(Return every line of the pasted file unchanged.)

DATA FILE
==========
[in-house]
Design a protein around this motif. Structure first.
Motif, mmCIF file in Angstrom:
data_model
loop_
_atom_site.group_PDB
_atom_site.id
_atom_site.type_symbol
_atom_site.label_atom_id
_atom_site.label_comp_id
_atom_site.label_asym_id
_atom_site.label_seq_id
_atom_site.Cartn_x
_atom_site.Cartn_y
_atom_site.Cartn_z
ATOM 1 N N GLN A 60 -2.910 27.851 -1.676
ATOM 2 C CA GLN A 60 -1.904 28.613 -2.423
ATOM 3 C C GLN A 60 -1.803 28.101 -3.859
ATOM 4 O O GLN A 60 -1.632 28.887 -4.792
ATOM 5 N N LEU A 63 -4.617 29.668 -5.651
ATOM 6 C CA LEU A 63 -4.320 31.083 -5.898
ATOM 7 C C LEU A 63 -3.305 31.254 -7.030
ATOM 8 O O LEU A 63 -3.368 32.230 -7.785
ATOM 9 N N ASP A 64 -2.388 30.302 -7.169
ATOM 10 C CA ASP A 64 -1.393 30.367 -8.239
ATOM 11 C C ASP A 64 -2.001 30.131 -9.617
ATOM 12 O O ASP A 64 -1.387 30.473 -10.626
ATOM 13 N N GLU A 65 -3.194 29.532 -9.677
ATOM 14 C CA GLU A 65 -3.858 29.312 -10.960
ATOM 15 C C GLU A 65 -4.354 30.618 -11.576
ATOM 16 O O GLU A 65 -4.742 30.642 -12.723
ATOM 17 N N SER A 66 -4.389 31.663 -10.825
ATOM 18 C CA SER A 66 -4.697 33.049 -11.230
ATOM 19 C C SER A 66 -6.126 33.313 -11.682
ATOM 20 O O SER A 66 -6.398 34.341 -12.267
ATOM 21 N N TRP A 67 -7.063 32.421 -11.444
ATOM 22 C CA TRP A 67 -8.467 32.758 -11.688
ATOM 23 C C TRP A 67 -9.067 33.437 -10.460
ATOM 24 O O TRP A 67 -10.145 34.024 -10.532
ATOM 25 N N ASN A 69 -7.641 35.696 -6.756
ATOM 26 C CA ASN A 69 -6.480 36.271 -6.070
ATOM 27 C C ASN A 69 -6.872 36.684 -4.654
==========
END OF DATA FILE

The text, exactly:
[in-house]
Design a protein around this motif. Structure first.
Motif, mmCIF file in Angstrom:
data_model
loop_
_atom_site.group_PDB
_atom_site.id
_atom_site.type_symbol
_atom_site.label_atom_id
_atom_site.label_comp_id
_atom_site.label_asym_id
_atom_site.label_seq_id
_atom_site.Cartn_x
_atom_site.Cartn_y
_atom_site.Cartn_z
ATOM 1 N N GLN A 60 -2.910 27.851 -1.676
ATOM 2 C CA GLN A 60 -1.904 28.613 -2.423
ATOM 3 C C GLN A 60 -1.803 28.101 -3.859
ATOM 4 O O GLN A 60 -1.632 28.887 -4.792
ATOM 5 N N LEU A 63 -4.617 29.668 -5.651
ATOM 6 C CA LEU A 63 -4.320 31.083 -5.898
ATOM 7 C C LEU A 63 -3.305 31.254 -7.030
ATOM 8 O O LEU A 63 -3.368 32.230 -7.785
ATOM 9 N N ASP A 64 -2.388 30.302 -7.169
ATOM 10 C CA ASP A 64 -1.393 30.367 -8.239
ATOM 11 C C ASP A 64 -2.001 30.131 -9.617
ATOM 12 O O ASP A 64 -1.387 30.473 -10.626
ATOM 13 N N GLU A 65 -3.194 29.532 -9.677
ATOM 14 C CA GLU A 65 -3.858 29.312 -10.960
ATOM 15 C C GLU A 65 -4.354 30.618 -11.576
ATOM 16 O O GLU A 65 -4.742 30.642 -12.723
ATOM 17 N N SER A 66 -4.389 31.663 -10.825
ATOM 18 C CA SER A 66 -4.697 33.049 -11.230
ATOM 19 C C SER A 66 -6.126 33.313 -11.682
ATOM 20 O O SER A 66 -6.398 34.341 -12.267
ATOM 21 N N TRP A 67 -7.063 32.421 -11.444
ATOM 22 C CA TRP A 67 -8.467 32.758 -11.688
ATOM 23 C C TRP A 67 -9.067 33.437 -10.460
ATOM 24 O O TRP A 67 -10.145 34.024 -10.532
ATOM 25 N N ASN A 69 -7.641 35.696 -6.756
ATOM 26 C CA ASN A 69 -6.480 36.271 -6.070
ATOM 27 C C ASN A 69 -6.872 36.684 -4.654